Every kid likes to draw. But in India, young people living in slums are using their sketching skills to spur urban change.
As part of a broader civic campaign centered on “child clubs,” groups of children are creating detailed “social maps” of their marginalized neighborhoods to voice their concerns about public space .
Since 2011, UNICEF has been encouraging kids to use mobile technology and open data to map environmental and health issues near their homes. But that technology isn’t available to everyone. Instead, much of the child-led mapping campaign sweeping India today relies on old-school topography materials—paper and a rainbow-spectrum of markers.
Teams of young mappers and adult facilitators spend roughly 45 days traversing their slums. They learn the shape of their neighborhood, how streets interconnect (or don’t), and the density of homes there. This information becomes the map’s skeleton. Then, they fill in the specifics. They stake out what is needed through the eyes of children—where underserved public areas could become play spaces, where trash bins could be added in an area they regularly see littered with filth. Their ideal neighborhood is drawn and detailed onto the map. Then, once completed, leaders from the child clubs present their work to local officials.
“What they make is their dream aspirational map,” says Aishwarya Das Pattnaik, a staff member of Humara Bachpan, the organization leading the campaign.
Humara Bachpan has been advocating for child-led development since 2012. It has organized mapping campaigns in a handful of major urban centers, including Mumbai, Delhi, and Hyderabad. (According to Citiscope, approximately 325 child clubs have been established across the country, with plans to expand.) The initiative mixes activism with adolescent fun; new friendships are made, hands are covered in ink, and leadership and planning skills are nurtured. But this is also serious work, as the long-term health of India’s slums may depend on these maps. As Das Pattnaik notes, children can pinpoint community needs that go unnoticed by adults.
She cites the example of public sanitation infrastructure, which is a glaring concern for the 65 million urbanites—that’s about eight times the population of New York City—that live in slums across India. To combat sanitation woes, the scale of public toilets needs to dramatically grow. But if the bottoms of young slum dwellers do not fit on the new toilet seats, the improvement to public health is marginal. “A child could easily fall into the toilet,” Das Pattnaik told me. On many of the child maps, therefore, dots appear indicating where child-specific public toilets should go.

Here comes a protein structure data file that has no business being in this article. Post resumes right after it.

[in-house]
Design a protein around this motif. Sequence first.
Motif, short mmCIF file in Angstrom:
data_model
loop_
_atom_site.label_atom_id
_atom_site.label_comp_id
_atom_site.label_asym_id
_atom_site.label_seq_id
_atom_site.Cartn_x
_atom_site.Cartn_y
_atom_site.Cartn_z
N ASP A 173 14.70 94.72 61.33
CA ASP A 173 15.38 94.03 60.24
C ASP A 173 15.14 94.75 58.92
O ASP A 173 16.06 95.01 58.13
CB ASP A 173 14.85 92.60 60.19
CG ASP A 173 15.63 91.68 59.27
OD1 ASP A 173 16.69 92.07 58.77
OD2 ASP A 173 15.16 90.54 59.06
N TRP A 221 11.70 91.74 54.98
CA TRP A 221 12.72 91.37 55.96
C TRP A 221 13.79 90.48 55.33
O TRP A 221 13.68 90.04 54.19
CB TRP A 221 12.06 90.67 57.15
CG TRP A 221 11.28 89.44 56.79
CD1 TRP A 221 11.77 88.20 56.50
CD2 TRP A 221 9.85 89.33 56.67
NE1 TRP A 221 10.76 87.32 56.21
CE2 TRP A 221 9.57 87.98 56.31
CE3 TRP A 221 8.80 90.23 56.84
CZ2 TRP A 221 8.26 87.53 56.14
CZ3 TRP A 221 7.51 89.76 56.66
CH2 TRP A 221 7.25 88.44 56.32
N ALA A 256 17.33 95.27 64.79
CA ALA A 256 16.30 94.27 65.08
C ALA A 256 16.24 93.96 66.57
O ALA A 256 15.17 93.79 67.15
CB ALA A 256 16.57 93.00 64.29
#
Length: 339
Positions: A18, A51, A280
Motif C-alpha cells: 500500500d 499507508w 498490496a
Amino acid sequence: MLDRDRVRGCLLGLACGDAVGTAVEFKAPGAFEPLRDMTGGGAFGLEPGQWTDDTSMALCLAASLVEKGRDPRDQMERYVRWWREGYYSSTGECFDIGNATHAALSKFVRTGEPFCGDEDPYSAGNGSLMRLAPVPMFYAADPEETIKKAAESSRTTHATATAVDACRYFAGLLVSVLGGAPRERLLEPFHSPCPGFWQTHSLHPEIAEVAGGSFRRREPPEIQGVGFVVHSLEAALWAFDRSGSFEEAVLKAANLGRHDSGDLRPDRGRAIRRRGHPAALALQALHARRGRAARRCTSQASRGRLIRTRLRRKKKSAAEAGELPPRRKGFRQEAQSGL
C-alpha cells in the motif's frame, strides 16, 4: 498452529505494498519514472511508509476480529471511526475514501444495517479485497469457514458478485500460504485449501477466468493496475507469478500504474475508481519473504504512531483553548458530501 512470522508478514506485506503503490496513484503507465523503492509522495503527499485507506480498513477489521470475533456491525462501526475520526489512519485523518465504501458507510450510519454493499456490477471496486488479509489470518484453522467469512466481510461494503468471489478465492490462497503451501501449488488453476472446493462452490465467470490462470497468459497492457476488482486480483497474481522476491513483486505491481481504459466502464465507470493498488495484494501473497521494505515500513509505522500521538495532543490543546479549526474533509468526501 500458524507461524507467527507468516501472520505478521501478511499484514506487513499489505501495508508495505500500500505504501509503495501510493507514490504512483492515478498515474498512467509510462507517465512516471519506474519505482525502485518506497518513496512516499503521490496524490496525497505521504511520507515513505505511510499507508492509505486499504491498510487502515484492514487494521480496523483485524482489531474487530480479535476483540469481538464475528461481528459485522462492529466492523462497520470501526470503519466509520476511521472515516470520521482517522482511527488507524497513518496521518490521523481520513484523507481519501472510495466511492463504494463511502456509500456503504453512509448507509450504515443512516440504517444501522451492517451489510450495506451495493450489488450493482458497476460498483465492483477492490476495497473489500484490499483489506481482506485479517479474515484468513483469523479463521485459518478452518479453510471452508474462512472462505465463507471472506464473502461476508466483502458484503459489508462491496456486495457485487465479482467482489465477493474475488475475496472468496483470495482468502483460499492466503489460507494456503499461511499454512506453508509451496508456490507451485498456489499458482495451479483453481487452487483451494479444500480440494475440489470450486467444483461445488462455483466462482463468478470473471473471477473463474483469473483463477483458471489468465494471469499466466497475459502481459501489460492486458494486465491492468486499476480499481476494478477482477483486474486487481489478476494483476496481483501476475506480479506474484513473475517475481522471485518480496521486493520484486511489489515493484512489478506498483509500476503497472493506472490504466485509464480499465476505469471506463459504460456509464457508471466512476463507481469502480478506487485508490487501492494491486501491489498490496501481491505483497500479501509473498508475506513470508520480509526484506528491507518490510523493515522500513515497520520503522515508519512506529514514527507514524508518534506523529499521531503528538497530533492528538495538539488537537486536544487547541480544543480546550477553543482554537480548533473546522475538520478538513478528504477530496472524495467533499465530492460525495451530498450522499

The value of child-led mapping, however, is not restricted to dreaming of a modern cricket pitch or other public utilities (although that is evidently important). Generally speaking, people living in slums operate on the peripheries of Indian society—geographically and socio-economically. Exclusion is magnified even further when you are a child.
Urban planning in India operates as a de-facto gerontocracy, I was told by Dharitri Patnaik, India representative of the Bernard van Leer Foundation, which funds child-development programs. “Most of the time children are never considered as citizens. They’re considered as future citizens,” Patnaik explains. By coming to the table with a surrogate development proposal—the map—children demonstrate analytical capabilities. In turn, government officials have to take them more seriously.
Yet, no one likes being told how to do one’s job, especially by children. Won’t urban-planning officials go on the defensive if their work is so candidly indicted, with colored markers no less?
But those involved contend that the government has been duly responsive to children’s maps. Preeti Prada, Humara Bachpan’s national campaign coordinator, told me by email about a young mapmaker in the city of Bhubaneswar. Children in one neighborhood felt unsafe going to “tuition classes”—nighttime schooling popular in India—because the route was dimly lit. A 12-year-old girl responded by drawing a map of the area and, ultimately, earned an audience with the local ward representative to present it. According to Prada, the ward official is actively working to make the area safer by improving light utilities.
At times, India’s urban future is depicted through an apocalyptic lens. Already, 25 percent of all urbanites in India live in close quarters in slums, according to a 2011 government report. And by 2028, India is expected to overtake China as the world’s most populous country—likely meaning more impoverished settlements. But only broad predications can be drawn from such data. Human activism, on the other hand, is a better indication of reality. Regardless of whether these child maps lead to more equitable urban development or not, it is indicative of a young Indian generation coming to the fore with a keen awareness of disparity—who are eager to correct it.
↬ Sam Sturgis